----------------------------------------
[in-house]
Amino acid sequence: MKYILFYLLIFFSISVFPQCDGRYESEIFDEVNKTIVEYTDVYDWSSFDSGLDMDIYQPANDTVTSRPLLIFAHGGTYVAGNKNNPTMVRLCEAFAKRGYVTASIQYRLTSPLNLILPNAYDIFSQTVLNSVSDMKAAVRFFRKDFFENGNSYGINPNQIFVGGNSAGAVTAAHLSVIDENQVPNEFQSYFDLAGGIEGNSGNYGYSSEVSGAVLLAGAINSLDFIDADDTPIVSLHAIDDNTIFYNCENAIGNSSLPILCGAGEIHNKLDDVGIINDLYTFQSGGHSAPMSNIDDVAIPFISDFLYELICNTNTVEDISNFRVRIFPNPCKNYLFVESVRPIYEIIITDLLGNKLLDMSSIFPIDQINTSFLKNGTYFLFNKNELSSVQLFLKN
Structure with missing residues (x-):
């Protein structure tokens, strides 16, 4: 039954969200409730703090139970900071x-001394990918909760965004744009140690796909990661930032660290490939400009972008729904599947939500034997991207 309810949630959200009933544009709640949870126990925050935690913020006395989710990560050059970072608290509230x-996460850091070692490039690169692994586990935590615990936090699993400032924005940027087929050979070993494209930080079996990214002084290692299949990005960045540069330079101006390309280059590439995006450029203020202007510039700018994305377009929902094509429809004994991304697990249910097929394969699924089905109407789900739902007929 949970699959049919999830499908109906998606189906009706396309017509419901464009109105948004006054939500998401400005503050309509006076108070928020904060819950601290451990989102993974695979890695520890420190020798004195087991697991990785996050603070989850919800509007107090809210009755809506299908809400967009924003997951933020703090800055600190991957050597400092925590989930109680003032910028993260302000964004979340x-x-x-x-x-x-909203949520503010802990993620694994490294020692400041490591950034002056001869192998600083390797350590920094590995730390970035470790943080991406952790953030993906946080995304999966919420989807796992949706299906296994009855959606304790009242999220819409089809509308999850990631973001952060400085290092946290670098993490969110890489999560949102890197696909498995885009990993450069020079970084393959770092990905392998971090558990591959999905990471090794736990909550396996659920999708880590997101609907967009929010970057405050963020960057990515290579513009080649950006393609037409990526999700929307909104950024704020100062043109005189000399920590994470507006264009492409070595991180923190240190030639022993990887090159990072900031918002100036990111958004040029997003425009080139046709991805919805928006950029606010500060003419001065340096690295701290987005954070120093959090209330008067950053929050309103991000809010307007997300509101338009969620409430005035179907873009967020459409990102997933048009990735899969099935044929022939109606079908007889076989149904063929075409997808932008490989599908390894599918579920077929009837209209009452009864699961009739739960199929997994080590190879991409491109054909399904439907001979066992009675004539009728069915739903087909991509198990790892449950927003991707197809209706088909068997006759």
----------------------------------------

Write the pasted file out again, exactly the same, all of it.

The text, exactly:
[in-house]
Amino acid sequence: MKYILFYLLIFFSISVFPQCDGRYESEIFDEVNKTIVEYTDVYDWSSFDSGLDMDIYQPANDTVTSRPLLIFAHGGTYVAGNKNNPTMVRLCEAFAKRGYVTASIQYRLTSPLNLILPNAYDIFSQTVLNSVSDMKAAVRFFRKDFFENGNSYGINPNQIFVGGNSAGAVTAAHLSVIDENQVPNEFQSYFDLAGGIEGNSGNYGYSSEVSGAVLLAGAINSLDFIDADDTPIVSLHAIDDNTIFYNCENAIGNSSLPILCGAGEIHNKLDDVGIINDLYTFQSGGHSAPMSNIDDVAIPFISDFLYELICNTNTVEDISNFRVRIFPNPCKNYLFVESVRPIYEIIITDLLGNKLLDMSSIFPIDQINTSFLKNGTYFLFNKNELSSVQLFLKN
Structure with missing residues (x-):
């Protein structure tokens, strides 16, 4: 039954969200409730703090139970900071x-001394990918909760965004744009140690796909990661930032660290490939400009972008729904599947939500034997991207 309810949630959200009933544009709640949870126990925050935690913020006395989710990560050059970072608290509230x-996460850091070692490039690169692994586990935590615990936090699993400032924005940027087929050979070993494209930080079996990214002084290692299949990005960045540069330079101006390309280059590439995006450029203020202007510039700018994305377009929902094509429809004994991304697990249910097929394969699924089905109407789900739902007929 949970699959049919999830499908109906998606189906009706396309017509419901464009109105948004006054939500998401400005503050309509006076108070928020904060819950601290451990989102993974695979890695520890420190020798004195087991697991990785996050603070989850919800509007107090809210009755809506299908809400967009924003997951933020703090800055600190991957050597400092925590989930109680003032910028993260302000964004979340x-x-x-x-x-x-909203949520503010802990993620694994490294020692400041490591950034002056001869192998600083390797350590920094590995730390970035470790943080991406952790953030993906946080995304999966919420989807796992949706299906296994009855959606304790009242999220819409089809509308999850990631973001952060400085290092946290670098993490969110890489999560949102890197696909498995885009990993450069020079970084393959770092990905392998971090558990591959999905990471090794736990909550396996659920999708880590997101609907967009929010970057405050963020960057990515290579513009080649950006393609037409990526999700929307909104950024704020100062043109005189000399920590994470507006264009492409070595991180923190240190030639022993990887090159990072900031918002100036990111958004040029997003425009080139046709991805919805928006950029606010500060003419001065340096690295701290987005954070120093959090209330008067950053929050309103991000809010307007997300509101338009969620409430005035179907873009967020459409990102997933048009990735899969099935044929022939109606079908007889076989149904063929075409997808932008490989599908390894599918579920077929009837209209009452009864699961009739739960199929997994080590190879991409491109054909399904439907001979066992009675004539009728069915739903087909991509198990790892449950927003991707197809209706088909068997006759």